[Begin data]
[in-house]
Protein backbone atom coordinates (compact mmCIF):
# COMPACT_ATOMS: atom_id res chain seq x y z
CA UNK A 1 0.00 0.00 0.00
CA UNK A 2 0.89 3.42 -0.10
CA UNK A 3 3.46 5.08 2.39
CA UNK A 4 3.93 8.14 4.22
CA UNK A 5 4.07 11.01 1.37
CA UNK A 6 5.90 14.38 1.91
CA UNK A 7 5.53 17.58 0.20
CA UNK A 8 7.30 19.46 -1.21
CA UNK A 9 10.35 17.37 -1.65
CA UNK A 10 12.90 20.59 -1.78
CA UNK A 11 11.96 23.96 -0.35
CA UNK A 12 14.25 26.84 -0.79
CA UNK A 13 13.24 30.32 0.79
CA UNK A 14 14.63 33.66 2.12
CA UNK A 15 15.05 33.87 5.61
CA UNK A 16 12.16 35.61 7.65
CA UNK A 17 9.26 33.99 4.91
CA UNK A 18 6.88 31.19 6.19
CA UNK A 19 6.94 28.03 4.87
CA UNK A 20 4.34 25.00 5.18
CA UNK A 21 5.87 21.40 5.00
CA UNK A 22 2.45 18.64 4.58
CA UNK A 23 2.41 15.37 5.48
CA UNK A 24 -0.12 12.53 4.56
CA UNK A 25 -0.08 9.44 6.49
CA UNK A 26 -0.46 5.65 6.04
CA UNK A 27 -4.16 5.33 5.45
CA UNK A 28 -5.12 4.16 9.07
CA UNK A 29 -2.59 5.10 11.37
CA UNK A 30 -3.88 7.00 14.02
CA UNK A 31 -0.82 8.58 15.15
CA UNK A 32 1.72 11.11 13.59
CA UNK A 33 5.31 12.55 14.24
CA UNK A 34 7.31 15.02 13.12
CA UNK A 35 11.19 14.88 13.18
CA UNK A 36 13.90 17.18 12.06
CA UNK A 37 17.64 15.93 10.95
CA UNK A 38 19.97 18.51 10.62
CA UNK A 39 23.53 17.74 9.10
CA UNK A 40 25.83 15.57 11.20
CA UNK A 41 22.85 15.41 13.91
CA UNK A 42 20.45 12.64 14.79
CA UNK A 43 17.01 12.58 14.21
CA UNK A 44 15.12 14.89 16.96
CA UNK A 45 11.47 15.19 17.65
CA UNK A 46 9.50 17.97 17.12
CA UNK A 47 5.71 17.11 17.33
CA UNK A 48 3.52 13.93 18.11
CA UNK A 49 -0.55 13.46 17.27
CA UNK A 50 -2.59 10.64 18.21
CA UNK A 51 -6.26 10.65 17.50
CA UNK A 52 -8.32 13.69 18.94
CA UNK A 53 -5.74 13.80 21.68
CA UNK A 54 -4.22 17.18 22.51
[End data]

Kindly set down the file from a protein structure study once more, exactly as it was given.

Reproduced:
[in-house]
Protein backbone atom coordinates (compact mmCIF):
# COMPACT_ATOMS: atom_id res chain seq x y z
CA UNK A 1 0.00 0.00 0.00
CA UNK A 2 0.89 3.42 -0.10
CA UNK A 3 3.46 5.08 2.39
CA UNK A 4 3.93 8.14 4.22
CA UNK A 5 4.07 11.01 1.37
CA UNK A 6 5.90 14.38 1.91
CA UNK A 7 5.53 17.58 0.20
CA UNK A 8 7.30 19.46 -1.21
CA UNK A 9 10.35 17.37 -1.65
CA UNK A 10 12.90 20.59 -1.78
CA UNK A 11 11.96 23.96 -0.35
CA UNK A 12 14.25 26.84 -0.79
CA UNK A 13 13.24 30.32 0.79
CA UNK A 14 14.63 33.66 2.12
CA UNK A 15 15.05 33.87 5.61
CA UNK A 16 12.16 35.61 7.65
CA UNK A 17 9.26 33.99 4.91
CA UNK A 18 6.88 31.19 6.19
CA UNK A 19 6.94 28.03 4.87
CA UNK A 20 4.34 25.00 5.18
CA UNK A 21 5.87 21.40 5.00
CA UNK A 22 2.45 18.64 4.58
CA UNK A 23 2.41 15.37 5.48
CA UNK A 24 -0.12 12.53 4.56
CA UNK A 25 -0.08 9.44 6.49
CA UNK A 26 -0.46 5.65 6.04
CA UNK A 27 -4.16 5.33 5.45
CA UNK A 28 -5.12 4.16 9.07
CA UNK A 29 -2.59 5.10 11.37
CA UNK A 30 -3.88 7.00 14.02
CA UNK A 31 -0.82 8.58 15.15
CA UNK A 32 1.72 11.11 13.59
CA UNK A 33 5.31 12.55 14.24
CA UNK A 34 7.31 15.02 13.12
CA UNK A 35 11.19 14.88 13.18
CA UNK A 36 13.90 17.18 12.06
CA UNK A 37 17.64 15.93 10.95
CA UNK A 38 19.97 18.51 10.62
CA UNK A 39 23.53 17.74 9.10
CA UNK A 40 25.83 15.57 11.20
CA UNK A 41 22.85 15.41 13.91
CA UNK A 42 20.45 12.64 14.79
CA UNK A 43 17.01 12.58 14.21
CA UNK A 44 15.12 14.89 16.96
CA UNK A 45 11.47 15.19 17.65
CA UNK A 46 9.50 17.97 17.12
CA UNK A 47 5.71 17.11 17.33
CA UNK A 48 3.52 13.93 18.11
CA UNK A 49 -0.55 13.46 17.27
CA UNK A 50 -2.59 10.64 18.21
CA UNK A 51 -6.26 10.65 17.50
CA UNK A 52 -8.32 13.69 18.94
CA UNK A 53 -5.74 13.80 21.68
CA UNK A 54 -4.22 17.18 22.51